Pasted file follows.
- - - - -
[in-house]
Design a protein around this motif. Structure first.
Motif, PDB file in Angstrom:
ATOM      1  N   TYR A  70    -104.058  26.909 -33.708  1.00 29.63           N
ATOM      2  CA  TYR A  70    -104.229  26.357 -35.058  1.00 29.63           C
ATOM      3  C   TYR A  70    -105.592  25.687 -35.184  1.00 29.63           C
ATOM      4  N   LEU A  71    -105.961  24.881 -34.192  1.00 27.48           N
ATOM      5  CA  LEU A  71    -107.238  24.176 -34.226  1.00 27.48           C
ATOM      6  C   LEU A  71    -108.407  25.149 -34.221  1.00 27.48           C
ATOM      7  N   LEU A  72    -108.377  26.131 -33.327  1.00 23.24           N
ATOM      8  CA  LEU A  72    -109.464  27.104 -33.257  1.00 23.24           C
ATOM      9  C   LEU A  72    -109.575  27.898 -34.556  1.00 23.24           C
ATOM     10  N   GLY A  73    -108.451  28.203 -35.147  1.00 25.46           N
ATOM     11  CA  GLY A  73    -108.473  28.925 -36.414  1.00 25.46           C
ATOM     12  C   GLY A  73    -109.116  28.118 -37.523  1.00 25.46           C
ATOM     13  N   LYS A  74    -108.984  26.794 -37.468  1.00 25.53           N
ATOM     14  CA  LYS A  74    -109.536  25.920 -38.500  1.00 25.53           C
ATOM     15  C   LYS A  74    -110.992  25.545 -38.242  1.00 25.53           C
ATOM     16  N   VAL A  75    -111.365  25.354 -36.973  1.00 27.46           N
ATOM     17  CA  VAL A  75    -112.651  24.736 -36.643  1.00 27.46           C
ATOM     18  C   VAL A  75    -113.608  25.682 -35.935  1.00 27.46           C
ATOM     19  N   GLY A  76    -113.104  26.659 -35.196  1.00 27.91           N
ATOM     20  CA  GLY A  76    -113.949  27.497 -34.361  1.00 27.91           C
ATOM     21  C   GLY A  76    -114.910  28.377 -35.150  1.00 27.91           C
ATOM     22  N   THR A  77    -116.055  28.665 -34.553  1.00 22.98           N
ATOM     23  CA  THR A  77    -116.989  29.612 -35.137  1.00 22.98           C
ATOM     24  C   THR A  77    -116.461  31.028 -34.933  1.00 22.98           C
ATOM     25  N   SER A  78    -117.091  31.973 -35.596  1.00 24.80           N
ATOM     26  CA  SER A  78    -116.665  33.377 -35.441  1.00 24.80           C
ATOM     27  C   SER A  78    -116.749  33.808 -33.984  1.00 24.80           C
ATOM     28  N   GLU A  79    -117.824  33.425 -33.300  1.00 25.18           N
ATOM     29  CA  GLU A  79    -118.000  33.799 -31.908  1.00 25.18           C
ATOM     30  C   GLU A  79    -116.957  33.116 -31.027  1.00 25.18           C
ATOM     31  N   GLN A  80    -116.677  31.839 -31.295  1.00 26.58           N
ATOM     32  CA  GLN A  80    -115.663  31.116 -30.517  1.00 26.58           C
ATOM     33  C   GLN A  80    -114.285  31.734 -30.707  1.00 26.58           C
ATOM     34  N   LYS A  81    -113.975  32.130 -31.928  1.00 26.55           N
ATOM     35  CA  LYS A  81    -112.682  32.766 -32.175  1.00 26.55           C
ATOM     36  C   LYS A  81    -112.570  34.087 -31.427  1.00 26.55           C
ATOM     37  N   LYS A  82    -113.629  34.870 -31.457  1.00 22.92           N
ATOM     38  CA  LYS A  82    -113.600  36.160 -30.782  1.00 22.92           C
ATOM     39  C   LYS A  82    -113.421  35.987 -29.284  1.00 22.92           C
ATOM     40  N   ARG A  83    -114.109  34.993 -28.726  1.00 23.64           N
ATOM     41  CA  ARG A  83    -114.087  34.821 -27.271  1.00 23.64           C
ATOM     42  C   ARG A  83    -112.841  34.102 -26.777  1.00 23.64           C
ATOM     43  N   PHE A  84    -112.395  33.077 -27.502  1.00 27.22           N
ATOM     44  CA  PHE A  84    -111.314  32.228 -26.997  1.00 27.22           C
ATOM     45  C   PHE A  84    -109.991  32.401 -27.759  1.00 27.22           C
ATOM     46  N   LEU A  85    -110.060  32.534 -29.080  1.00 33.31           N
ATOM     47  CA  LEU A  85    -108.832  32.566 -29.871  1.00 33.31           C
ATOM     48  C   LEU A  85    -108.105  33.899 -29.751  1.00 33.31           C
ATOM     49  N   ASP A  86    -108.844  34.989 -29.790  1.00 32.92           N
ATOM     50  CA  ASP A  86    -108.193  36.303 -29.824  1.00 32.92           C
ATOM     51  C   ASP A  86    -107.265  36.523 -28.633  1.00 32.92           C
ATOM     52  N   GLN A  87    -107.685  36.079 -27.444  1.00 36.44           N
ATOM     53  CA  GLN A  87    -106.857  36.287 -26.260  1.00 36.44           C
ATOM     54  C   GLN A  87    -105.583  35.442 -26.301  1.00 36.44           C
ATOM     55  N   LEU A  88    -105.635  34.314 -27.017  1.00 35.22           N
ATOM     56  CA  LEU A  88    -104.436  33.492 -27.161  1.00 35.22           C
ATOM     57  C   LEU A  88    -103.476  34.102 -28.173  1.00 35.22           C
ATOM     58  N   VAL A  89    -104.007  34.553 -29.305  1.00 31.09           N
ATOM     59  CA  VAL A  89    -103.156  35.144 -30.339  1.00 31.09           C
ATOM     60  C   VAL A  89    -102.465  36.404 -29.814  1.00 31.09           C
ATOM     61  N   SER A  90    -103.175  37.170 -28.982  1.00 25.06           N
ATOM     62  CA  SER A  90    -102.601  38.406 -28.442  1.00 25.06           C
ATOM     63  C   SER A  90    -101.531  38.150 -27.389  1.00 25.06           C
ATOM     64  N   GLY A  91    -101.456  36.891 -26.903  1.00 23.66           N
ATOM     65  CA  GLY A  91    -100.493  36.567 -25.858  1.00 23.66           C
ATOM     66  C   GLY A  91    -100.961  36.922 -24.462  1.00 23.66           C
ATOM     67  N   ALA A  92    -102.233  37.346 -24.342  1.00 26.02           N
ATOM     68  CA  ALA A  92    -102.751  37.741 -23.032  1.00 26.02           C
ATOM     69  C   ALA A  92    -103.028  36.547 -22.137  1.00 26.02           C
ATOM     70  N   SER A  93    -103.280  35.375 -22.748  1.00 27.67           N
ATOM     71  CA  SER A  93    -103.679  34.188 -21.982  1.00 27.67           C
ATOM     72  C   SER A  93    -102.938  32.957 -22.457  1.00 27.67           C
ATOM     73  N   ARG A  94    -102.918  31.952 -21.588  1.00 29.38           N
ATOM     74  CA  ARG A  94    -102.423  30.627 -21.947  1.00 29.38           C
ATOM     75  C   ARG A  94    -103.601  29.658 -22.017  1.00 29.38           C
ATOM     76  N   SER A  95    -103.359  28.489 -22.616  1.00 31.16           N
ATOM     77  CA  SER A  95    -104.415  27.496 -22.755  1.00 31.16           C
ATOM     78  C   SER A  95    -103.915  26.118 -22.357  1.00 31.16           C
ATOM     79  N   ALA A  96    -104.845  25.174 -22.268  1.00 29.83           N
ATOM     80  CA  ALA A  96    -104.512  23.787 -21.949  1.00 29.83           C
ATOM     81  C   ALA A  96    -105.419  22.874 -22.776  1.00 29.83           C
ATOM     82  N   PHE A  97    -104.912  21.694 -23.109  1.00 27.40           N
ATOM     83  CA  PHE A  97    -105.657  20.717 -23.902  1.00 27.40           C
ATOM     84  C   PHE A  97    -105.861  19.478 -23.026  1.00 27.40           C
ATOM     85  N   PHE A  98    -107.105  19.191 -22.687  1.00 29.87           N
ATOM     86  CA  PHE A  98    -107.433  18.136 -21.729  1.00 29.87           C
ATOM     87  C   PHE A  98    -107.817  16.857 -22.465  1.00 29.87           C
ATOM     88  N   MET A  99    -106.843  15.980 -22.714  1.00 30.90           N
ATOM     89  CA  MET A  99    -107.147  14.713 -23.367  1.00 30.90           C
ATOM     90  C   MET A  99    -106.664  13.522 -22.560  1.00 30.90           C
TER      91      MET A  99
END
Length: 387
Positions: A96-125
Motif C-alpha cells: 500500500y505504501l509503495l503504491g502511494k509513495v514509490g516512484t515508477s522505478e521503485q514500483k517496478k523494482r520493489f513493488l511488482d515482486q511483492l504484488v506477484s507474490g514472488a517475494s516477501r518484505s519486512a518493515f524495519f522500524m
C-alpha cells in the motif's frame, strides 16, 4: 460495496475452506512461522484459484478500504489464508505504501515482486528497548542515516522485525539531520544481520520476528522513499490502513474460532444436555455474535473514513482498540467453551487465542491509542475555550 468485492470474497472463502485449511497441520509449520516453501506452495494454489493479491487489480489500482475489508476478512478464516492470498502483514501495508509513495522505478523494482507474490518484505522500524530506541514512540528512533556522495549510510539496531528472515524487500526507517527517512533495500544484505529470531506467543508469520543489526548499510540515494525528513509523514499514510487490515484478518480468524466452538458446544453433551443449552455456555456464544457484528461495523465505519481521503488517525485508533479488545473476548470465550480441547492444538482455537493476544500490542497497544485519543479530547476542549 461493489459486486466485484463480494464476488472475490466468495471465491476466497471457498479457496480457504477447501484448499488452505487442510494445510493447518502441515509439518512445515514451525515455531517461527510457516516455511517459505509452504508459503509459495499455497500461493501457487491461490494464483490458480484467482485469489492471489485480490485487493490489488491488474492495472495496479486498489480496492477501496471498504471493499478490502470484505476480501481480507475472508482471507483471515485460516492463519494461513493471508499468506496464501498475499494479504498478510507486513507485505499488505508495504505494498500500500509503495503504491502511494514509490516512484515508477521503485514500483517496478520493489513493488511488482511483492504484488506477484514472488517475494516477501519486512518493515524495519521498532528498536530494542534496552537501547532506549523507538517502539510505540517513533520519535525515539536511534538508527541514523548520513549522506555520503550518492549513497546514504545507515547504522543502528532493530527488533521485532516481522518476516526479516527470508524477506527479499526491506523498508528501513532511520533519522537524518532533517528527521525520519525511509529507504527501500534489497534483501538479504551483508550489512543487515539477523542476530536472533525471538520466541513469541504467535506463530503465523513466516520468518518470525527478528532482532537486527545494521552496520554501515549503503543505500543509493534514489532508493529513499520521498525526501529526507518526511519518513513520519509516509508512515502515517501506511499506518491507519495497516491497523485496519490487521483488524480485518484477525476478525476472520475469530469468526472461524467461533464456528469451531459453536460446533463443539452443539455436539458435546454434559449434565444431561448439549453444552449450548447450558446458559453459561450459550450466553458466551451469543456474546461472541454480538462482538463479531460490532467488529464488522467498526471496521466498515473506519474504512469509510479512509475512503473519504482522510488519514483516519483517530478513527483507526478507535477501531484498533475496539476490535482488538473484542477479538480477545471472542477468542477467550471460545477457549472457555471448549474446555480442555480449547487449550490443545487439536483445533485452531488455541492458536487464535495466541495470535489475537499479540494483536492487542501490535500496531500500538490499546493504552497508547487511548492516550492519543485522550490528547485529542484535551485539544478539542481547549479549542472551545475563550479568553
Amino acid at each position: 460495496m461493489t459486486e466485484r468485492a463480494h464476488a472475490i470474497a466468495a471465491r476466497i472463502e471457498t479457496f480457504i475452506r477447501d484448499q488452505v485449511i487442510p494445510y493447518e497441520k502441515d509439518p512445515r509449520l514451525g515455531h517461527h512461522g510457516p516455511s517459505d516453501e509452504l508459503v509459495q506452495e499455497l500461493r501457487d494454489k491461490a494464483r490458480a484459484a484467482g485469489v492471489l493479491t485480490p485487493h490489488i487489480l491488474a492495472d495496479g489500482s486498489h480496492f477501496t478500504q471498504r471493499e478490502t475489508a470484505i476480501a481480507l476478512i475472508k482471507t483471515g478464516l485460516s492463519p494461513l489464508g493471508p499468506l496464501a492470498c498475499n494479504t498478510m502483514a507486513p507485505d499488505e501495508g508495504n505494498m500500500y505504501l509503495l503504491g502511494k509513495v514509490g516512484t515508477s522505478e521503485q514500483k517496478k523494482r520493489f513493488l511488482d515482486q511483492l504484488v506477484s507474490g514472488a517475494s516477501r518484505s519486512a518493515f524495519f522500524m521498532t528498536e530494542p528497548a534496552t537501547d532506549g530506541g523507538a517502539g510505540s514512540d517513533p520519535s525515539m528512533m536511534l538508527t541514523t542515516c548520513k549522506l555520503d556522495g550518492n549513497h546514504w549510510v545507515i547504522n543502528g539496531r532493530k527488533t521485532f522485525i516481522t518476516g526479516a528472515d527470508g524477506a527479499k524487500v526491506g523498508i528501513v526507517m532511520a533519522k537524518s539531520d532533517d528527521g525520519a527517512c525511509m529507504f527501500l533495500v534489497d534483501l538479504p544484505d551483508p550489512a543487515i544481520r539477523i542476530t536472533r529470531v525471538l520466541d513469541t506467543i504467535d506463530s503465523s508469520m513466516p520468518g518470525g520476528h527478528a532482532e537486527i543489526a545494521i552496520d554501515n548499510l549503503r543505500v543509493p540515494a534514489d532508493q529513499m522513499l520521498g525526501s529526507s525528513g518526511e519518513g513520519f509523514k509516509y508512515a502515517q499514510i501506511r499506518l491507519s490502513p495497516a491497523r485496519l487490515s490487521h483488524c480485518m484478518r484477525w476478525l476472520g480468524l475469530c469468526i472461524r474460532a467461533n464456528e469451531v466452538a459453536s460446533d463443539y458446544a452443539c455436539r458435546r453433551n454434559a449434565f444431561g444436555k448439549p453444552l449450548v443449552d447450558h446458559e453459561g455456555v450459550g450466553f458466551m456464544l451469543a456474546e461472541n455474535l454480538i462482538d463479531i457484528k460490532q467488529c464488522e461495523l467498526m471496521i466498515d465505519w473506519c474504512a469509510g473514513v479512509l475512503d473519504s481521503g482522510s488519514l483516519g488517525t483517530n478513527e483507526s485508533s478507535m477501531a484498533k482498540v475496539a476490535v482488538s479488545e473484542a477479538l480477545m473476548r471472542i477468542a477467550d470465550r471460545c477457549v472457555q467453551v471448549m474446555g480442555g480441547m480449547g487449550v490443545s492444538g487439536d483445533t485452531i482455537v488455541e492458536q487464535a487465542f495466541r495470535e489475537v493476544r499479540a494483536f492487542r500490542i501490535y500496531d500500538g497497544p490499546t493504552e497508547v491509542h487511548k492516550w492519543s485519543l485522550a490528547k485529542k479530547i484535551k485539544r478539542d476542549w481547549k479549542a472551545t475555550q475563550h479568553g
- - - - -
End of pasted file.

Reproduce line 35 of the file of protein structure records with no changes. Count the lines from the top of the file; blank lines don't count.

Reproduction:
ATOM     32  CA  GLN A  80    -115.663  31.116 -30.517  1.00 26.58           C